DreamFactory treats stored procedures just like tables and views in that stored procedures can be accessed via dedicated API endpoints. DreamFactory also supports the ability to pass input to the stored procedures, and return responses to the client. Thanks to this support, IT organizations are able to take advantage of DreamFactory’s ability to instantly generate database APIs without shirking compliance requirements.

Support for Least Privilege Communication

Least privilege communication ensures the client can successfully complete delegated tasks without any possibility of overreach into areas that could expose sensitive information or cause damage to the database. In the context of database access, this means creating a database user capable of executing the desired queries while possessing the minimum required privileges to do so. This database user can then be provided to DreamFactory when generating the database API. Subsequent use of that API will then be limited to those privileges associated with the proxy database user.

Equally important to satisfying the goal of least privilege communication is DreamFactory’s powerful role-based access control (RBAC) manager. This point-and-click interface helps administrators to further restrict an API’s capabilities by limiting which endpoints are otherwise available by default to the proxy database user. For instance, an administrator could create one RBAC definition that ensures API access is read-only and is limited only to a small subset of all available tables, views and stored procedures. Another RBAC definition might only expose a few stored procedures and nothing more. Finally, a third RBAC definition might use row-level filtering to restrict access only to data associated with EU- or US-based entities.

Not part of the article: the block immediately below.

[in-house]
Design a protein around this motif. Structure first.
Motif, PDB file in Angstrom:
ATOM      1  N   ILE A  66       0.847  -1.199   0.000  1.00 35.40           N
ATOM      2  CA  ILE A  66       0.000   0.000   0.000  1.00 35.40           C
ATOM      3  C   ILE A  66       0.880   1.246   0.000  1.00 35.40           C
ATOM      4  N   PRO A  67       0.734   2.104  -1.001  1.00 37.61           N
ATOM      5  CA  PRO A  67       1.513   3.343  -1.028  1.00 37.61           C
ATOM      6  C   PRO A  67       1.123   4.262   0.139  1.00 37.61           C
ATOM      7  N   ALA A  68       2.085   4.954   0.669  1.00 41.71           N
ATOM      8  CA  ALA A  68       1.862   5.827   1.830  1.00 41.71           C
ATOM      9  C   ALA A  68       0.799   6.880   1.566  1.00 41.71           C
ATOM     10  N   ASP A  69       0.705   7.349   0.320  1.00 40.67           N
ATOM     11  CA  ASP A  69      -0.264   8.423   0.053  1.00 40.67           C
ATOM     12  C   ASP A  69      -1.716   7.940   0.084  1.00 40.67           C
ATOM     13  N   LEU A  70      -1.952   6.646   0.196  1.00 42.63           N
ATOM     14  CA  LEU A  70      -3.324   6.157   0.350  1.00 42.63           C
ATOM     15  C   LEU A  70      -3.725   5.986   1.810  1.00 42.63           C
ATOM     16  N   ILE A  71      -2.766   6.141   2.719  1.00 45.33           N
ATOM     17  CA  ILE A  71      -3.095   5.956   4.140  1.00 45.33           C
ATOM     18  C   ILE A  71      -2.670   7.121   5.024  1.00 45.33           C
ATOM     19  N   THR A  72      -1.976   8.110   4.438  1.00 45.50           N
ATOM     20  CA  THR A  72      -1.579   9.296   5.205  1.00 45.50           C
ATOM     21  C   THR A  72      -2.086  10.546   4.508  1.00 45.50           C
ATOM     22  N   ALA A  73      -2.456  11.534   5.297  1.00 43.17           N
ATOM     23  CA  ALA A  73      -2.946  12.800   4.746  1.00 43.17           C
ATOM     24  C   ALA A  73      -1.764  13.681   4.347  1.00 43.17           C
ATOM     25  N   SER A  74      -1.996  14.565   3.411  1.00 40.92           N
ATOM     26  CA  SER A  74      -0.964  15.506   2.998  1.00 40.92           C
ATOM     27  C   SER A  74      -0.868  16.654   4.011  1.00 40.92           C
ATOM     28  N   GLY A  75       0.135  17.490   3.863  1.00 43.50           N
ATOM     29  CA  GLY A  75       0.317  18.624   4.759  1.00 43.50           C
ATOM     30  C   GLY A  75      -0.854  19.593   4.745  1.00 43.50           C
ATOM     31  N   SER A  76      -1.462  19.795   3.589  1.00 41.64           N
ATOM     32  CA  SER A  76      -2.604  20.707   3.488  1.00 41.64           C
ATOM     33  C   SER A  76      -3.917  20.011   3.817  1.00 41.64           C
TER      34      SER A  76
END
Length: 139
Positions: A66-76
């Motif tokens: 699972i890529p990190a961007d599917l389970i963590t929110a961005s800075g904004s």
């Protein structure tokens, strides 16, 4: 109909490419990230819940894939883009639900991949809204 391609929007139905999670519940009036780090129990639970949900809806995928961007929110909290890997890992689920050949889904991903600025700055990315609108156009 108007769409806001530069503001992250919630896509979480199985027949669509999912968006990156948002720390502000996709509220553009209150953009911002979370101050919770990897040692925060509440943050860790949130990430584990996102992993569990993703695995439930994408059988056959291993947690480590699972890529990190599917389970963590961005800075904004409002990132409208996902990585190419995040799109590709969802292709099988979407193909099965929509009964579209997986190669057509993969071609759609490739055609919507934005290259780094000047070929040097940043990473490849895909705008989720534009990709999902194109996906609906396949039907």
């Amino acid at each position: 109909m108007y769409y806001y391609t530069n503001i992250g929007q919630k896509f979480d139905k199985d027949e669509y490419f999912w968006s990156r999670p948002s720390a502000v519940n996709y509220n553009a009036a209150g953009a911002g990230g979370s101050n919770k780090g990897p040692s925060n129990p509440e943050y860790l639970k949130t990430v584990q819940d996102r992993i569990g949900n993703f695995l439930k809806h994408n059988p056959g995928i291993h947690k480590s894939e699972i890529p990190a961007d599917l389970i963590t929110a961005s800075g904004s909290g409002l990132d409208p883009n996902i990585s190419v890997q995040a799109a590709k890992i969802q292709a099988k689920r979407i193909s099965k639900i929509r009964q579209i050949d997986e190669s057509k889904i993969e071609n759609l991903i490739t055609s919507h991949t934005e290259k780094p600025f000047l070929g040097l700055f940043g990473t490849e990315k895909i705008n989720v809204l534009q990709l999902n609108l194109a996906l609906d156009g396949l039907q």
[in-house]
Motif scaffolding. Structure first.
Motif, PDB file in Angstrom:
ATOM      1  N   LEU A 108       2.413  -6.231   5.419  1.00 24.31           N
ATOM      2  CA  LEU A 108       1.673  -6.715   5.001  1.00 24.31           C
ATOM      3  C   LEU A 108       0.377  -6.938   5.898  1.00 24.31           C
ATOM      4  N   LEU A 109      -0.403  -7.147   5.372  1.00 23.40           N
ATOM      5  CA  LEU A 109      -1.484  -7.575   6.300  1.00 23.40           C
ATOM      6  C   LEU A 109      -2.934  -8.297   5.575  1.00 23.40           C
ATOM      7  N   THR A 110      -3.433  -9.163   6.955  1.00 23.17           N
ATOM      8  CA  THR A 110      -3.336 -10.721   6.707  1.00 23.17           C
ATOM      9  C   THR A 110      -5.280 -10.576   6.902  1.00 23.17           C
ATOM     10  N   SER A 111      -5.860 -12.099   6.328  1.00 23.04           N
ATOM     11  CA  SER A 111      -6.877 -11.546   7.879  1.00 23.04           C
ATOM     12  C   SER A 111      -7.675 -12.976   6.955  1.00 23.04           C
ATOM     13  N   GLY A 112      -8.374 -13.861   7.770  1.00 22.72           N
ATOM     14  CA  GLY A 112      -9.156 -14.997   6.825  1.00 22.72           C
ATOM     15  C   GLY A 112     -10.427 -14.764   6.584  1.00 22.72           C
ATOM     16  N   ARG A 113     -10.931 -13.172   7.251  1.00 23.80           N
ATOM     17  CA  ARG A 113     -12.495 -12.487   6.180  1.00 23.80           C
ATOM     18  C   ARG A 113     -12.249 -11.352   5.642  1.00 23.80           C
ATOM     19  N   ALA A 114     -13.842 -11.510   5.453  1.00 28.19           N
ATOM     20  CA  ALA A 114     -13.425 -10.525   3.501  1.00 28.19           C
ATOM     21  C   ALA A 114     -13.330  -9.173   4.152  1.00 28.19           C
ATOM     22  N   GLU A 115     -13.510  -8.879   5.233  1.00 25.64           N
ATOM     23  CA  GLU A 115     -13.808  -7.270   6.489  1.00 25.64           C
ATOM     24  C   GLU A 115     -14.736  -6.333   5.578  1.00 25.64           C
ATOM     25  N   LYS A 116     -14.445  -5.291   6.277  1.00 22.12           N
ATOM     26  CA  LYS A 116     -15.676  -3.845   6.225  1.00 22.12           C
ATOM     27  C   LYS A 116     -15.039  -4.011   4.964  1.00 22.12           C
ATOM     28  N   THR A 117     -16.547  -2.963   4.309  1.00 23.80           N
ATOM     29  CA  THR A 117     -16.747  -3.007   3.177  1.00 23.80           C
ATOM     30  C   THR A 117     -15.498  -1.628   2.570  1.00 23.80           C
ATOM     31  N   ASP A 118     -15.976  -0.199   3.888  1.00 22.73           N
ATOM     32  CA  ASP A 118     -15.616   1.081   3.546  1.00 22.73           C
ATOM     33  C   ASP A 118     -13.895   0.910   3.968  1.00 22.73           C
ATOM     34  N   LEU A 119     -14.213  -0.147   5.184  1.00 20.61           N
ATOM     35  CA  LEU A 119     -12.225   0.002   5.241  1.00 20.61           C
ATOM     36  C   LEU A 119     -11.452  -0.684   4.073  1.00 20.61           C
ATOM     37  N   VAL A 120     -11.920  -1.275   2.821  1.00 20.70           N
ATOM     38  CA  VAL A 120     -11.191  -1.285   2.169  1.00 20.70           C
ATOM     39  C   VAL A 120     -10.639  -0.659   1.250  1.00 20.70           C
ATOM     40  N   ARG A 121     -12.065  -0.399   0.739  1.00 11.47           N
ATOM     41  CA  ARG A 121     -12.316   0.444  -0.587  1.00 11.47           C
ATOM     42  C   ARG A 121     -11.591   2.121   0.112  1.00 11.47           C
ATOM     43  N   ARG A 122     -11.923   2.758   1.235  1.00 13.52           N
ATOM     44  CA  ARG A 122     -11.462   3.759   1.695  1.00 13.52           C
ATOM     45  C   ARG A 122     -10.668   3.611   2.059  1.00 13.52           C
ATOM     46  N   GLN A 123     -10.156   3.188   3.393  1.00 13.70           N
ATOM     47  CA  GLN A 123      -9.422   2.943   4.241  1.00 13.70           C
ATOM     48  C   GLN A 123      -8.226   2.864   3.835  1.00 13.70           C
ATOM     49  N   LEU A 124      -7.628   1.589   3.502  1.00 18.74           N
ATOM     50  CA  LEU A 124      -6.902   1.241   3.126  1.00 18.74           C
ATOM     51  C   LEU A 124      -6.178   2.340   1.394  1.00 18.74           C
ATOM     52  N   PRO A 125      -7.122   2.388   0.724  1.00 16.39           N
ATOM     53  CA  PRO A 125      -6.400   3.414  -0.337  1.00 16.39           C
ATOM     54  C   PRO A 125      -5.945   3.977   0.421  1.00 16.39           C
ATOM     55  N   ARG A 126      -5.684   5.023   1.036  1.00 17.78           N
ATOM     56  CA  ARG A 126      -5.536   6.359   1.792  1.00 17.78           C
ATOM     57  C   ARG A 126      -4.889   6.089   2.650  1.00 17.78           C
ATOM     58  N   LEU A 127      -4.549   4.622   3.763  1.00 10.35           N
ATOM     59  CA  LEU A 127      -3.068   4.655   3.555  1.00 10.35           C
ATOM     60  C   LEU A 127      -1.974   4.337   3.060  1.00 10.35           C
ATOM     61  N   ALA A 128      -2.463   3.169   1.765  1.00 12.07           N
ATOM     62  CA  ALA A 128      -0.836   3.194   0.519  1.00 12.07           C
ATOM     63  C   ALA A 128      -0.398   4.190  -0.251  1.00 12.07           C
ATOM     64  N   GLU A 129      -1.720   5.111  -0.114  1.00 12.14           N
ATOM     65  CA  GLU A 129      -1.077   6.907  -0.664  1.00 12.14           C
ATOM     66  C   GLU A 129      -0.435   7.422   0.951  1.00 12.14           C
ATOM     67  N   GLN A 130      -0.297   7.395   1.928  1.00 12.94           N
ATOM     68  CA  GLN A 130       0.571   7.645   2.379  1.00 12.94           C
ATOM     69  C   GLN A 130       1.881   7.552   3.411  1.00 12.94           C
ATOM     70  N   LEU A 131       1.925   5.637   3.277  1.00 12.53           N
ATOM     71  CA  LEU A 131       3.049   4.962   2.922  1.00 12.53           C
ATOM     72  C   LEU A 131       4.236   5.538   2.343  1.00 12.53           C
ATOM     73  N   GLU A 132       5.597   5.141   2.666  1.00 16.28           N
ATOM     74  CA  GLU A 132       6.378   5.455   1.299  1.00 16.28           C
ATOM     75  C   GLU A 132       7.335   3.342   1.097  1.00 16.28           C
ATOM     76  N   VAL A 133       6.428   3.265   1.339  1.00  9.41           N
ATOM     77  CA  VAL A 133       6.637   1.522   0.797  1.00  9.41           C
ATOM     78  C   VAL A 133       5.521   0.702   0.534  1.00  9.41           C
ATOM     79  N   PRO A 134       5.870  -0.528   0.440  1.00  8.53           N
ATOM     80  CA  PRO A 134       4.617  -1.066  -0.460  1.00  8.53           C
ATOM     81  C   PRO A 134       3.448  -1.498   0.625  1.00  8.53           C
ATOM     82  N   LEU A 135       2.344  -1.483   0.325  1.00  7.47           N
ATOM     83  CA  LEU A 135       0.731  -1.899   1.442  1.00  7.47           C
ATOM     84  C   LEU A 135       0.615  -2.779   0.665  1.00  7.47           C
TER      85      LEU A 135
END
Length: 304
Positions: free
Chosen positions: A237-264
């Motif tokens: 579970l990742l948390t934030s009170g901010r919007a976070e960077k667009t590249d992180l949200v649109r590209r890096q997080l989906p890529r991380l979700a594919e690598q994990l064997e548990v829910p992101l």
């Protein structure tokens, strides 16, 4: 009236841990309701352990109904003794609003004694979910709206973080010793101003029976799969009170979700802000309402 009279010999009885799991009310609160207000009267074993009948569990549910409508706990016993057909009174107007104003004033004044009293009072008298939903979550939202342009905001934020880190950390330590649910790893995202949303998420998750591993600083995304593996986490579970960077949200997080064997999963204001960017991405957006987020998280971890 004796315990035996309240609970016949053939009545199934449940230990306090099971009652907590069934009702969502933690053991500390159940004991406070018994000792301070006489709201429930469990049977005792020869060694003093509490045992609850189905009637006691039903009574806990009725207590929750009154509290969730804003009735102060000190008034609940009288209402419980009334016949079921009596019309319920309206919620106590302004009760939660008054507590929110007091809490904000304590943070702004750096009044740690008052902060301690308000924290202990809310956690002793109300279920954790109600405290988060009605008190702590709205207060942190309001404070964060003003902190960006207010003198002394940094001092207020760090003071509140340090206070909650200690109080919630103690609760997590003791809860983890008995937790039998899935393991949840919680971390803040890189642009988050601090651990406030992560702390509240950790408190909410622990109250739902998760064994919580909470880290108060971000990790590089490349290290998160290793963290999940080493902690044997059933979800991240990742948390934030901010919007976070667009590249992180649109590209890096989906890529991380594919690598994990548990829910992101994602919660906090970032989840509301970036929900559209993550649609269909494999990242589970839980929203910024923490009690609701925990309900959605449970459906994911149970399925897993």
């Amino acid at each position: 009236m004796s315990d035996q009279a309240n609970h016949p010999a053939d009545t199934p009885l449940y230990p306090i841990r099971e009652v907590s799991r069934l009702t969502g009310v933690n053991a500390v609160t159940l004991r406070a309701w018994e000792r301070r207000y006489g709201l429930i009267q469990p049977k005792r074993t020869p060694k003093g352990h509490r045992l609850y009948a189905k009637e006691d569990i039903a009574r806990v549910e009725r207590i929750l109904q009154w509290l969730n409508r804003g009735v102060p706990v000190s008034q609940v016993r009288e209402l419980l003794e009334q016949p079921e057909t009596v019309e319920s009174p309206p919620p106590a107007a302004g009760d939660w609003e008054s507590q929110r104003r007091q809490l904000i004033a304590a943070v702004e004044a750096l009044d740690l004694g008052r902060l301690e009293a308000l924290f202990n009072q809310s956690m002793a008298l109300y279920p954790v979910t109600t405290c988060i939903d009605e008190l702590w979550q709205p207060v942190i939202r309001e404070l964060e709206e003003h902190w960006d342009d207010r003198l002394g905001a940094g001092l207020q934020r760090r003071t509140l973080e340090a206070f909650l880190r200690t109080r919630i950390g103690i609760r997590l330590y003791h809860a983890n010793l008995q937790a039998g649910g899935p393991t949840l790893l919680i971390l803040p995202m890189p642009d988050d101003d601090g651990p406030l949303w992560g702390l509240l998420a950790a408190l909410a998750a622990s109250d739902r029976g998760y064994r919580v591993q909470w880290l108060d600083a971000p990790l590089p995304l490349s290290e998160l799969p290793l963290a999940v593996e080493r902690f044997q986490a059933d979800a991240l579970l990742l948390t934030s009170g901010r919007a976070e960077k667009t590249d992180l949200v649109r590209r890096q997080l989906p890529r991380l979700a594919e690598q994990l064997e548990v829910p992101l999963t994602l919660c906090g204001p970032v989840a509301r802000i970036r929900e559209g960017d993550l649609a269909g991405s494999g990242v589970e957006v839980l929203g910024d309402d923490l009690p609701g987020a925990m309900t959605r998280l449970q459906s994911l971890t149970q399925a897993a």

Conclusion

SQL injection attacks are a serious security threat to web applications that use SQL databases. Hand-coding a REST API requires a deep understanding of SQL and web security best practices to prevent SQL injection attacks. DreamFactory provides an easier and more secure way to create REST APIs. DreamFactory automates the process of securing the API, provides built-in security features, and uses prepared statements to ensure that user input is separated from SQL commands, reducing the risk of SQL injection attacks. By using DreamFactory, developers can focus more time on adding customer-focused value to your applications, and far less time fretting over time-consuming and often error-riddled code.

Related Reading:
https://blog.dreamfactory.com/direct-database-connectors-risks/